Author: Tasha
Published: 7 October 2017, 5:55 am

Legendary Game Designers: David Crane

Creator of Pitfall, Ghostbusters, Little Computer People and more

Bringing you a double-dose of David, I bring you the tale of David Crane. This particular David is U.S. born and raised. He received his education from DeVry and graduated in 1975. Other than his contributions to the video game industry, which I will get to, David had a hand in several hardware products as well. While at Atari he would help design the operation system for the Atari 800. He would also create the Display Processor Chip and other innovations used in the gaming industry.

David began his gaming career programming and working for Atari. He was recruited from his original job at National Semiconductor by Alan Miller. David’s first game at Atari would be a conversion of the arcade game Outlaw to the Atari 2600 in 1978, followed by another conversion for the Atari 2600 of the arcade Canyon Bomber in 1979. That same year David would release his first game, Slot Machine.

A young David Crane playing his game: Grand Prix

David would leave Atari in 1979 to form Activision with Alan Miller, Jim Levy, Bob Whitehead, and Larry Kaplan. This move sparked a legal controversy from Atari, who accused them of conspiracy to appropriate trade secrets. Thankfully in the end it worked out and Activision continued on. David cites wanting more recognition for his programming as a key reason that he let Atari to form Activision. Activision would focus more on crediting the programmers and would even include the names and photographs of the designers on a game’s promotional materials. Another of David’s complaints about Atari was that they just recycled the same arcade games rather than trying something new.

Activision would release their first game in 1980 called Dragster. As with most drag racers, the goal was to either beat your opponent to the finish line or beat the clock. Also that same year David would also release Fishing Derby. As the name would suggest the object of the game is fishing. Two fisherman on opposite docks are pitted against each other in a race to reach 99 pounds of fish first. Both games were for the Atari 2600, but Fishing Derby did a fair bit better upon release than Dragster did.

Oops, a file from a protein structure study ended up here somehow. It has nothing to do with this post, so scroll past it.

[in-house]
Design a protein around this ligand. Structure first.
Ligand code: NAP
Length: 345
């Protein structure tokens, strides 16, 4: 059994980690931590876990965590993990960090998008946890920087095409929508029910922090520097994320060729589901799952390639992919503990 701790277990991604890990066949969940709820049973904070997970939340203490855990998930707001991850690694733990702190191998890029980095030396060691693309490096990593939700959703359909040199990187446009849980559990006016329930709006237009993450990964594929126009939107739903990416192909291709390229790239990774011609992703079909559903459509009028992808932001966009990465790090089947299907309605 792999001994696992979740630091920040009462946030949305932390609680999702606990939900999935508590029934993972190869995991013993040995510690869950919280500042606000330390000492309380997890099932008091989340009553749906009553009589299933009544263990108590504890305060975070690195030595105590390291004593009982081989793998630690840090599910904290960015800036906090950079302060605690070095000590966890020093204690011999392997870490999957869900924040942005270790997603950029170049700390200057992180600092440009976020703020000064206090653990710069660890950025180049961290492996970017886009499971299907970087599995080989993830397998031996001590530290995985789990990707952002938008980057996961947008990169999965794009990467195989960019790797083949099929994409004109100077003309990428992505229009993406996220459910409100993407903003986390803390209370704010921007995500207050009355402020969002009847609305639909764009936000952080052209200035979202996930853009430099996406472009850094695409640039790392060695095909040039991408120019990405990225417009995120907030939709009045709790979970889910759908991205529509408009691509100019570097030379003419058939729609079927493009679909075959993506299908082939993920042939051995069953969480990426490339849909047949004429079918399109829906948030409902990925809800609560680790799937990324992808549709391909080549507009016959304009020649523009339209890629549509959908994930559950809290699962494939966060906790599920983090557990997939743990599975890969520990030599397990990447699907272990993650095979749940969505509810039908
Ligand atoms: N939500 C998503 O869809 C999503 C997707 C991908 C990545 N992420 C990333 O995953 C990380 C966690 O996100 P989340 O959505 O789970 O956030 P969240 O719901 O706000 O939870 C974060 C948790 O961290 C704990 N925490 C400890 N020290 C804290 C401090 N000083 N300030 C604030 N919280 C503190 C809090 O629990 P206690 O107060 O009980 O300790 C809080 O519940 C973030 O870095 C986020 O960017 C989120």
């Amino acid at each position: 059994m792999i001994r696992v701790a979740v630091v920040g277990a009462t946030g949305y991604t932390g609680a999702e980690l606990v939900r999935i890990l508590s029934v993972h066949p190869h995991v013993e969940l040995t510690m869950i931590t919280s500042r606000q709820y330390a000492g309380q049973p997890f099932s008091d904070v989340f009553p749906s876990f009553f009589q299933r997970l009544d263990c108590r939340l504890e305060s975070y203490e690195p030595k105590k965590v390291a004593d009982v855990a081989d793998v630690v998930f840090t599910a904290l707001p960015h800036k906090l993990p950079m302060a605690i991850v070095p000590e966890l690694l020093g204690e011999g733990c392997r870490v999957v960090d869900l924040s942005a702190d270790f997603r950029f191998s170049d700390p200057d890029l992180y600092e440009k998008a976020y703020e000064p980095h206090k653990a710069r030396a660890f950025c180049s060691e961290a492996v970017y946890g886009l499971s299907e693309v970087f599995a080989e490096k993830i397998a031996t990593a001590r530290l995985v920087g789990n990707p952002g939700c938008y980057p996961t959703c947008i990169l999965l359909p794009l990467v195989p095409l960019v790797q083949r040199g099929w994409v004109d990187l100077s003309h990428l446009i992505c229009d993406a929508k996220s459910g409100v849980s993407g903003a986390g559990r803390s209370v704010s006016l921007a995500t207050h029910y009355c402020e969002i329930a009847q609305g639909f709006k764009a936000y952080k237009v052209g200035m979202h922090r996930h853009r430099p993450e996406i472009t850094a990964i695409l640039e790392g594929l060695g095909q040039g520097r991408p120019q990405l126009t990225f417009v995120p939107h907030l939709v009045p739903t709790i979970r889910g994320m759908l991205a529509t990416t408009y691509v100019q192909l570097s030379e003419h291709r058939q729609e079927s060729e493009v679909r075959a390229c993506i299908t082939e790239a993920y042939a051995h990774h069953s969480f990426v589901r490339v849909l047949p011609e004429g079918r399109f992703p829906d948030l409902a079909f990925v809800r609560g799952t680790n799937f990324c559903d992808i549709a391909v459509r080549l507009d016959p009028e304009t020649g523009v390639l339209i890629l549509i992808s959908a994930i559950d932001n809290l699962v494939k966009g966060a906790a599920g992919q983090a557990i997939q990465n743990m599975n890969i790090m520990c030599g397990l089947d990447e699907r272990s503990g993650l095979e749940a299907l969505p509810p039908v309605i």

Fishing Derby for the Atari 2600

In 1981 David would release 3 titles all for the Atari 2600: Laser Blast, Freeway and Kaboom!. Laser Blast was a UFO flying game where the player attacked land based targets. Controlling your UFO armada, your goal is to destroy as much as you can and rack up points to get the high score. This would be the least successful game of the trio. Freeway is like Frogger, but with chickens. Two players, both playing as chickens, go head to head to see who can get across a ten-lane freeway first. The game did pretty well and even got an honorable mention at the annual Arkie Awards for “Most Innovative Game” in 1982.

Kaboom! is similar to the Atari game Avalanche. A crazy guy is dropping bombs and your goal is to use a bucket to catch them before they hit the ground. As the level progress, the bomber moves back and forth faster and faster. For each bomb missed, the player loses a bucket, lose them all the game is over. This title was pretty successful when it was released and sold more than one million copies worldwide. It even won an Arkie Award for “Best Audio-Visual Effects.”

Kaboom! was released also for the Atari 5200 and Atari 8-bit

David Crane would create one of his better known games - Pitfall! - in 1982. Pitfall! is another one that I owned as a kid (quite after the fact, mind you). Playing as Harry, you need to traverse the jungle and gather treasure, while avoiding traps and obstacles. Though originally for the Atari 2600, the game was so successful it saw several ports and a sequel. It is one of the highest selling Atari 2600 games, selling more than 4 million copies worldwide and spending 64 weeks at the top of the Billboard charts.

Pitfall is considered one of the Top Games of All Time

Pitfall! also took home “Game of the Year” in 1982. It is also credited with helping to define the side-scrolling genre. Interestingly, the commercial for the game featured actor Jack Black as a kid. In 2013 it was listed as one of the 10 best Atari 2600 games by Entertainment Weekly. I’d say it was a pretty good success.

Pitfall II: The Lost Caverns was released in 1984 and added several enhancements to the original concept and gameplay. This sequel offered a soundtrack, vertical scrolling, new animal enemies, and new characters. It was the most complex game ever created for the Atari 2600 and David had to add a custom hardware into the game cartridge to make all these features possible.

The porting to other platforms in some cases improved the game. Not many people know that in the Adventurer's Edition of Pitfall II, released for the Atari 5200 and 8-bit series, you can find an entirely new level created by the Atari version programmer Mike Lorenzen. The Lost Caverns was just as successful as the original, earning its fair share of accolades and awards. In 1985 SEGA purchased the license and released Pitfall II to arcade, changing the graphics to make it more "cartoonish".

The arcade version of Pitfall II by SEGA (1985)